Different schools of communication have lots to teach each other
At the Global PR Summit in Miami this week, I was fortunate enough to sit in on a panel discussion called “It’s a Conversation, Not a Campaign: What Marketers Can Learn From PR.”
The panel featured C-suite communications executives from the likes of Lenovo and Proctor & Gamble discussing how traditionally separate communications disciplines are becoming more and more integrated in today’s digital world.
That is, marketers must learn to speak the language of PR and social media to meaningfully engage today’s consumers. The top piece of information most public relations practitioners (83 percent of those surveyed) think marketers need to learn is that reputation is a consequence of the authentic behavior of an organization.
This lesson was underscored by Dave Roman, SVP and CMO of Lenovo, who noted that there’s no longer anywhere for brands to hide.
“You have to be much more open when you can’t control the message,” he said.
Being open and transparent is a necessary condition of instilling a sense of trust and empathy with your clients, and to many public relations professionals, this is critical for marketers to internalize.
The survey cited by this panel also asked marketers what they think PR people need to learn. Not surprisingly, they have to do with analytics – a field marketers have mastered. 78 percent of marketers believed PR pros needed to learn how to shape their decision-making with data and analytics. 63 percent thought PR pros needed to learn how to quantify their results.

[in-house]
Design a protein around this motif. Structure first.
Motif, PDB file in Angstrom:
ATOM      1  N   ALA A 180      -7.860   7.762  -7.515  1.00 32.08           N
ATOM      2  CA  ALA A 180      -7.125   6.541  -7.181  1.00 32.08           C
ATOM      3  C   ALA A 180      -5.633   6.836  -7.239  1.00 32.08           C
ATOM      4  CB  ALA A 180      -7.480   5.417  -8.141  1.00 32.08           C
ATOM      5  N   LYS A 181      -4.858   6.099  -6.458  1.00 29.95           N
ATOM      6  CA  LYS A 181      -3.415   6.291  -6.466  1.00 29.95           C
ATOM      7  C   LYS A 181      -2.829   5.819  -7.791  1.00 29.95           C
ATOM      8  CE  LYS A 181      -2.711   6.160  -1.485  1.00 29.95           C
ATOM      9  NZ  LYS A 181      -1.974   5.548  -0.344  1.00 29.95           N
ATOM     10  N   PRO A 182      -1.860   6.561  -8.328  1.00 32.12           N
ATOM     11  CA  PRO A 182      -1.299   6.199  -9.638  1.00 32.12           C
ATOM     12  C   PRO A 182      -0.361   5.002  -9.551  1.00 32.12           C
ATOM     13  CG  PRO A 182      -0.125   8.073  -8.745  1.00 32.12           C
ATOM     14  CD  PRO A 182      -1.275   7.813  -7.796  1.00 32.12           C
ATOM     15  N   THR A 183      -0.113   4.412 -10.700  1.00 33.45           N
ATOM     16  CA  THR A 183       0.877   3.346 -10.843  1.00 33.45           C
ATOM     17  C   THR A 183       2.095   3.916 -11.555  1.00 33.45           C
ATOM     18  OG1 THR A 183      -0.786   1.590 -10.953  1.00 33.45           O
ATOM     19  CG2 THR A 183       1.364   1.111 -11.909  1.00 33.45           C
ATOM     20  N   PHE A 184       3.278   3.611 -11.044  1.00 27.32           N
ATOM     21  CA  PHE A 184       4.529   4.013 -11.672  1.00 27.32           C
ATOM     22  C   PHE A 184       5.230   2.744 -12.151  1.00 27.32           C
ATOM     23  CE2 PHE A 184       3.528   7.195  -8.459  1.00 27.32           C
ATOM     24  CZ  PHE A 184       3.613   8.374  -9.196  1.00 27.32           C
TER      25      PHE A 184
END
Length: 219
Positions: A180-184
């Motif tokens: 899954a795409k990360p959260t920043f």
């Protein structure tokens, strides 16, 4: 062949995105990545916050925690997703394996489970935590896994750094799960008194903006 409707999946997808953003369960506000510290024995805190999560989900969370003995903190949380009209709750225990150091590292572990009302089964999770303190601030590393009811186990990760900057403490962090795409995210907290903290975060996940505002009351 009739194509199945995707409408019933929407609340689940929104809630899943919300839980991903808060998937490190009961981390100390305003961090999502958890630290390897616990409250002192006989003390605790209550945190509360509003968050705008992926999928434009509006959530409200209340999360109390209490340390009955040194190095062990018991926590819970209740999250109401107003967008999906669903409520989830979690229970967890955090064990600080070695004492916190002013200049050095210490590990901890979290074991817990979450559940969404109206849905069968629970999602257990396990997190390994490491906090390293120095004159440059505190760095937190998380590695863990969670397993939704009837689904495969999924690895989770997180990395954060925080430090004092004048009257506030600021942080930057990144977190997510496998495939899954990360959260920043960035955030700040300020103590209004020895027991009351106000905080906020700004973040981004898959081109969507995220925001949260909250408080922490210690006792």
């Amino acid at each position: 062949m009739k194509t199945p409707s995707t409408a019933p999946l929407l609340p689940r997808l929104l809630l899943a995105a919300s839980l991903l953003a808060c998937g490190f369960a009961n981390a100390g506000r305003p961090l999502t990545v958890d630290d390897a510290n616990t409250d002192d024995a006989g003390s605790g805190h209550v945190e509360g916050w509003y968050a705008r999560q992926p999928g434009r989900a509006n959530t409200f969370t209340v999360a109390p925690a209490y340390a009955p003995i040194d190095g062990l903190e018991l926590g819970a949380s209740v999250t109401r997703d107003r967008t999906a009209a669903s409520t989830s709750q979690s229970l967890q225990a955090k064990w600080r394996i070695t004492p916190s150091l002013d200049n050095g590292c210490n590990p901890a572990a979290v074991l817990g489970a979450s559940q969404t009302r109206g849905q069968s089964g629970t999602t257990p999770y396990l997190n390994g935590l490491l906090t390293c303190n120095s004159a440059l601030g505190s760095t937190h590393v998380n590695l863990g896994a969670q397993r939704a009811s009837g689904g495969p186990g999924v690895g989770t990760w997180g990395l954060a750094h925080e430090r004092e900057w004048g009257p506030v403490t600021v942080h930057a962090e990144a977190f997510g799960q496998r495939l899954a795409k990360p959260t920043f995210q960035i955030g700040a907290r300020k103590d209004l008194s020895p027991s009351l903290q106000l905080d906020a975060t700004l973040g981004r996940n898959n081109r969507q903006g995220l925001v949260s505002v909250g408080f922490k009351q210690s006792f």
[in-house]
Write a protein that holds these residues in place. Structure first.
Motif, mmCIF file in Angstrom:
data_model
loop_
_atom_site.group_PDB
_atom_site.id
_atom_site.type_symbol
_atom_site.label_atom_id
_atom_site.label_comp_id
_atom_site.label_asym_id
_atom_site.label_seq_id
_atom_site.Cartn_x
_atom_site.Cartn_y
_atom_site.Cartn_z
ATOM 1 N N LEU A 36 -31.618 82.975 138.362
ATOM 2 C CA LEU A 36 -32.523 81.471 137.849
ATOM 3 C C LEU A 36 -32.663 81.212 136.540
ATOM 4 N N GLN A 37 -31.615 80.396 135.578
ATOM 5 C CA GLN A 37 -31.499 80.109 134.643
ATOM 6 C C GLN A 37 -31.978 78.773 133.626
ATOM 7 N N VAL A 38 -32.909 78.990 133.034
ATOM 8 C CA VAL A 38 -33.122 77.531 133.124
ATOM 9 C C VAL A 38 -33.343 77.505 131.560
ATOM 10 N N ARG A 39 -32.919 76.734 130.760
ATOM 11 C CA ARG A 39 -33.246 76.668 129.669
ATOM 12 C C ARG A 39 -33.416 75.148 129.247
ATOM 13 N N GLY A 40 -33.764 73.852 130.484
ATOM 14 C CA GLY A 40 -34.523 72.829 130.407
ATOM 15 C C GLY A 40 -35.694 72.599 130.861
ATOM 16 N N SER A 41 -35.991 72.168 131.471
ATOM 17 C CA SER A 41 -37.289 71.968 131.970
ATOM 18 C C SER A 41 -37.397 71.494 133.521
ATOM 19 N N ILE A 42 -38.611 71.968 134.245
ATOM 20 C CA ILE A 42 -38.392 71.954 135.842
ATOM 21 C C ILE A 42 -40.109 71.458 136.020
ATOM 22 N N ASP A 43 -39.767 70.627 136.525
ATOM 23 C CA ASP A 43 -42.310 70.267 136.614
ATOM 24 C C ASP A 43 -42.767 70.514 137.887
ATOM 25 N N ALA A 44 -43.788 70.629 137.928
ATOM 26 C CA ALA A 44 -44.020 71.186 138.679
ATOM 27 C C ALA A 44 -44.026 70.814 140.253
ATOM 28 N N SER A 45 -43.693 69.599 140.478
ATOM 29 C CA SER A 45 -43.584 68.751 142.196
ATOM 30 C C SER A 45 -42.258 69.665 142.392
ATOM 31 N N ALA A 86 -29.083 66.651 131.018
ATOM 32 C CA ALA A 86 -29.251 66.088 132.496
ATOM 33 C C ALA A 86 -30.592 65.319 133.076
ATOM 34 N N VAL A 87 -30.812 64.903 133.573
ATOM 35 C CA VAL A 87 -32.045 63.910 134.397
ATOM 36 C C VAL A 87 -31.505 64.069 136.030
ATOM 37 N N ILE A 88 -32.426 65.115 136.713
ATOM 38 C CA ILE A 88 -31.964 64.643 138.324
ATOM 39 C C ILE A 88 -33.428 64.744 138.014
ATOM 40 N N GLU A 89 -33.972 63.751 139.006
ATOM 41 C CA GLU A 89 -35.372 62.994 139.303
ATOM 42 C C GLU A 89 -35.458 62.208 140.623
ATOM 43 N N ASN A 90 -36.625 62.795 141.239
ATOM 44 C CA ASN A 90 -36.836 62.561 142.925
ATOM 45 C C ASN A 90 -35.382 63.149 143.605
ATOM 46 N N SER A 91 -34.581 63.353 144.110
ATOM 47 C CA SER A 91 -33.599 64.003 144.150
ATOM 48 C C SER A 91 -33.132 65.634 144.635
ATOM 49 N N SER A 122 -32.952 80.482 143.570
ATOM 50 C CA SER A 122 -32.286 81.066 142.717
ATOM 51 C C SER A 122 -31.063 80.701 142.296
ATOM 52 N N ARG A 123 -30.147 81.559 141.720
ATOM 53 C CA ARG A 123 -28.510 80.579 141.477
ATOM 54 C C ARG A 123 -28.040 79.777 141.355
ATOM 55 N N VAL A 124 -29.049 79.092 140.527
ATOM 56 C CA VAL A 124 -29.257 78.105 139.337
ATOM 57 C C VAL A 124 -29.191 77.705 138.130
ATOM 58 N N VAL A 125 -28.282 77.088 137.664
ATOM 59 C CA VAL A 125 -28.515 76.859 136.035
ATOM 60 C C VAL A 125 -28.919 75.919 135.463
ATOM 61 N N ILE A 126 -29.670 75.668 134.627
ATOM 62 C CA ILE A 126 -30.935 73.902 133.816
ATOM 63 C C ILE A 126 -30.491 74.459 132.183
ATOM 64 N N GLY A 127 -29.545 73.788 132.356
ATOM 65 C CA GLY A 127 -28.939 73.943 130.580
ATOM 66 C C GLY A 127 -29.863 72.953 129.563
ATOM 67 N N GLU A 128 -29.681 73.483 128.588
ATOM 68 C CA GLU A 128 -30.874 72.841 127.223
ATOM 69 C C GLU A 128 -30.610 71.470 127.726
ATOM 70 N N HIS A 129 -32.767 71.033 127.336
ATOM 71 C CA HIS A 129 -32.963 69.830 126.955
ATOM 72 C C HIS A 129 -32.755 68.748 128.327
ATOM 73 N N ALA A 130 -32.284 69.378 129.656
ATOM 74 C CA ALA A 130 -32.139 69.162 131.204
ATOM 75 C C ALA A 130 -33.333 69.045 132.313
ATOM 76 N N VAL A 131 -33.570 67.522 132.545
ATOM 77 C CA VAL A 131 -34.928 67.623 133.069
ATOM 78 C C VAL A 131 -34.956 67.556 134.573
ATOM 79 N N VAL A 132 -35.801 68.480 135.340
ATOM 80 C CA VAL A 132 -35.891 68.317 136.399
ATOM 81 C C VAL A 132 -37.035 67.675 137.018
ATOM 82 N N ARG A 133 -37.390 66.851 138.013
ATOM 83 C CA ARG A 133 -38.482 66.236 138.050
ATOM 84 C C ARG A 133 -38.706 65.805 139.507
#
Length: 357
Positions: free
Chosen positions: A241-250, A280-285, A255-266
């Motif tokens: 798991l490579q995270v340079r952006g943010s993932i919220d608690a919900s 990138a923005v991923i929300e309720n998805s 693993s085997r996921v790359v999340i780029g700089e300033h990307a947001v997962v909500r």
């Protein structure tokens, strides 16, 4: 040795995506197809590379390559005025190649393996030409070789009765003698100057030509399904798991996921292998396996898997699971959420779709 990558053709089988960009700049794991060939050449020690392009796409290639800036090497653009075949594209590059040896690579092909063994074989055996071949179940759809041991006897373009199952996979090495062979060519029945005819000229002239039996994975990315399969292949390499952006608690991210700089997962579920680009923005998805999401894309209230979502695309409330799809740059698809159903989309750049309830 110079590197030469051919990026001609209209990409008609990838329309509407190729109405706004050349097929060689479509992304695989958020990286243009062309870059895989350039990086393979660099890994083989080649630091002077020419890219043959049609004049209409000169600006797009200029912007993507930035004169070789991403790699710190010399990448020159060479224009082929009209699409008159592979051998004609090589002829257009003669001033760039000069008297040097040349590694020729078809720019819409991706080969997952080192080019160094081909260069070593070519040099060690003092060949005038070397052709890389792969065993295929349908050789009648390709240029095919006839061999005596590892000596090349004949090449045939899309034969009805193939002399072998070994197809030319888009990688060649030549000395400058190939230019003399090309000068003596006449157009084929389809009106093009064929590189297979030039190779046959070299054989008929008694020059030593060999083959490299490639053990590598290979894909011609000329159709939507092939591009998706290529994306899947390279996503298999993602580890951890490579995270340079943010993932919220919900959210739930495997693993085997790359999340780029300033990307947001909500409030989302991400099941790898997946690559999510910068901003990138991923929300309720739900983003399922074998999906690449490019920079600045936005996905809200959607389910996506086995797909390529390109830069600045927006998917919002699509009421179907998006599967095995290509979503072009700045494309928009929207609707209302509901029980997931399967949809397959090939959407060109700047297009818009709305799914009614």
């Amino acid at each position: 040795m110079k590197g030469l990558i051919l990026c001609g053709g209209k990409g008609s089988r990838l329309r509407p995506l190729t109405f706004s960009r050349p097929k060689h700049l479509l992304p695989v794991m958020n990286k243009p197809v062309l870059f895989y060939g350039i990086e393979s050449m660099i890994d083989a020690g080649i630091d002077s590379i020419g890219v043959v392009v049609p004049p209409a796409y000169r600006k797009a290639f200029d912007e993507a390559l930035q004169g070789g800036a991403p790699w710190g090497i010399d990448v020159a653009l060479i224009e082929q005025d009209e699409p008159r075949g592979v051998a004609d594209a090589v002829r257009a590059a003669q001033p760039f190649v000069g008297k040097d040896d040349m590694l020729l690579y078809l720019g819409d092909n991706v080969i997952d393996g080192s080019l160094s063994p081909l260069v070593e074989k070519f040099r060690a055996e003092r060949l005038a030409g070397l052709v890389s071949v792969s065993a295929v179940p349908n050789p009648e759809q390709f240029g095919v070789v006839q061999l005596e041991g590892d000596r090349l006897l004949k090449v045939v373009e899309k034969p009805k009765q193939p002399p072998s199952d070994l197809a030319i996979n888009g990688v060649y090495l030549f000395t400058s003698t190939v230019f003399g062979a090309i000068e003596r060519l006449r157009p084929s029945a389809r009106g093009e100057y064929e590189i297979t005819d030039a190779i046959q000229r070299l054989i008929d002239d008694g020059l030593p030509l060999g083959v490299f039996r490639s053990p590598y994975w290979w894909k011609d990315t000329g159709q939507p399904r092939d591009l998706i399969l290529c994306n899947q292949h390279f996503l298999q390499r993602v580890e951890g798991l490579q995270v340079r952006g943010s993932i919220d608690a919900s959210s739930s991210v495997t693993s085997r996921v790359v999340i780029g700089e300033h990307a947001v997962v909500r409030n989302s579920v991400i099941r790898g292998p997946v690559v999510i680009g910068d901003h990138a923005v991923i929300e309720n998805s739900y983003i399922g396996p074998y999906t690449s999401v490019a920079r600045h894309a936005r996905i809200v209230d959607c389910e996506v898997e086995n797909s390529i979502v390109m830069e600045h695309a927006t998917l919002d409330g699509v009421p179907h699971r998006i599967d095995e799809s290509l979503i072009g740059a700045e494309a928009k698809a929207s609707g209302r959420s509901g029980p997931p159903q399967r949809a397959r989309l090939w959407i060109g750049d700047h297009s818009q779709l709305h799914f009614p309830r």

While marketers design their campaigns around research-based messages – determined by market data, audience attitudes and demographics – some corporate PR departments still “wing it,” said the panel. (I am fortunate to be with an agency not among the “winging it” contingent.)
In short, all communications disciplines have a lot to learn from each other. We can learn creativity and emotional resonance from advertising. We can learn how to use metrics to not only judge a campaign, but design it from marketing. We can learn the art of storytelling, how to create authentic connections with customers, and build a brand’s reputation from public relations. And when all these fields sit at the same communications table, a brand will be that much stronger for it.